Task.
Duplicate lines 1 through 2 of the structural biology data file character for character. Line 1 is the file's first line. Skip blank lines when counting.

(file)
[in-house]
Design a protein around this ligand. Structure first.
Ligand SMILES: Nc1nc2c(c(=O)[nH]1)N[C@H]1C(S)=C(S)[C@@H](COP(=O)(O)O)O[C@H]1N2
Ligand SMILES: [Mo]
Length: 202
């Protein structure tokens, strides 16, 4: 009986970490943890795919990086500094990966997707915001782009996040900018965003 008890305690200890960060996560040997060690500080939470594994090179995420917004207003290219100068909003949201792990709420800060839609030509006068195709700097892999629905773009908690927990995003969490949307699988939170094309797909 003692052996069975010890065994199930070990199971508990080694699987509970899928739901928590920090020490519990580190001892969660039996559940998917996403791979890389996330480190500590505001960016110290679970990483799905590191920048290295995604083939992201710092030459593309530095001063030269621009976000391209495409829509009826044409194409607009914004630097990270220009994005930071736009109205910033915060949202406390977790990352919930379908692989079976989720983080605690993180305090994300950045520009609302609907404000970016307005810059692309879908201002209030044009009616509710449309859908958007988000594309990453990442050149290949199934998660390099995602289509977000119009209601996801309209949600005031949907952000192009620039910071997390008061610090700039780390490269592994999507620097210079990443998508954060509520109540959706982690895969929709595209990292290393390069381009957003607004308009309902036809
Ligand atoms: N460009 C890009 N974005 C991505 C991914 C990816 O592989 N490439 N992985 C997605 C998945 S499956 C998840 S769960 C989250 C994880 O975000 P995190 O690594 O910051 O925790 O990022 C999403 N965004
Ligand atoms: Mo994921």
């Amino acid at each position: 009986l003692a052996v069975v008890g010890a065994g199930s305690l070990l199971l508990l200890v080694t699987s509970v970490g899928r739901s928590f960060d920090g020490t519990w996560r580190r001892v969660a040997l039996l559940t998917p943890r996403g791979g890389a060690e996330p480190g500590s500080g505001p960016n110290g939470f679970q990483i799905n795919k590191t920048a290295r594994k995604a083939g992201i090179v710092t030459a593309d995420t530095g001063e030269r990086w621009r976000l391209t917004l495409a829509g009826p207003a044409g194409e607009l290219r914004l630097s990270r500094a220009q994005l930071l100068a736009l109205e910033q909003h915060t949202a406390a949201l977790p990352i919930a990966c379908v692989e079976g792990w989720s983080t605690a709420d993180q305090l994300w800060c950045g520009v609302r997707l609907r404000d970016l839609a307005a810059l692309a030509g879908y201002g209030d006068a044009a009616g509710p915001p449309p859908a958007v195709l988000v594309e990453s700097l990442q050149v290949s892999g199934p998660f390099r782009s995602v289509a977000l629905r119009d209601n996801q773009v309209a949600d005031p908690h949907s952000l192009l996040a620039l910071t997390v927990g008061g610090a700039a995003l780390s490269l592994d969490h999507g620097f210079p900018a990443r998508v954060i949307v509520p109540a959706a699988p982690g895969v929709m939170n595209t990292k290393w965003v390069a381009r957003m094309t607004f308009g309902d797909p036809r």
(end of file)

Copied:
[in-house]
Design a protein around this ligand. Structure first.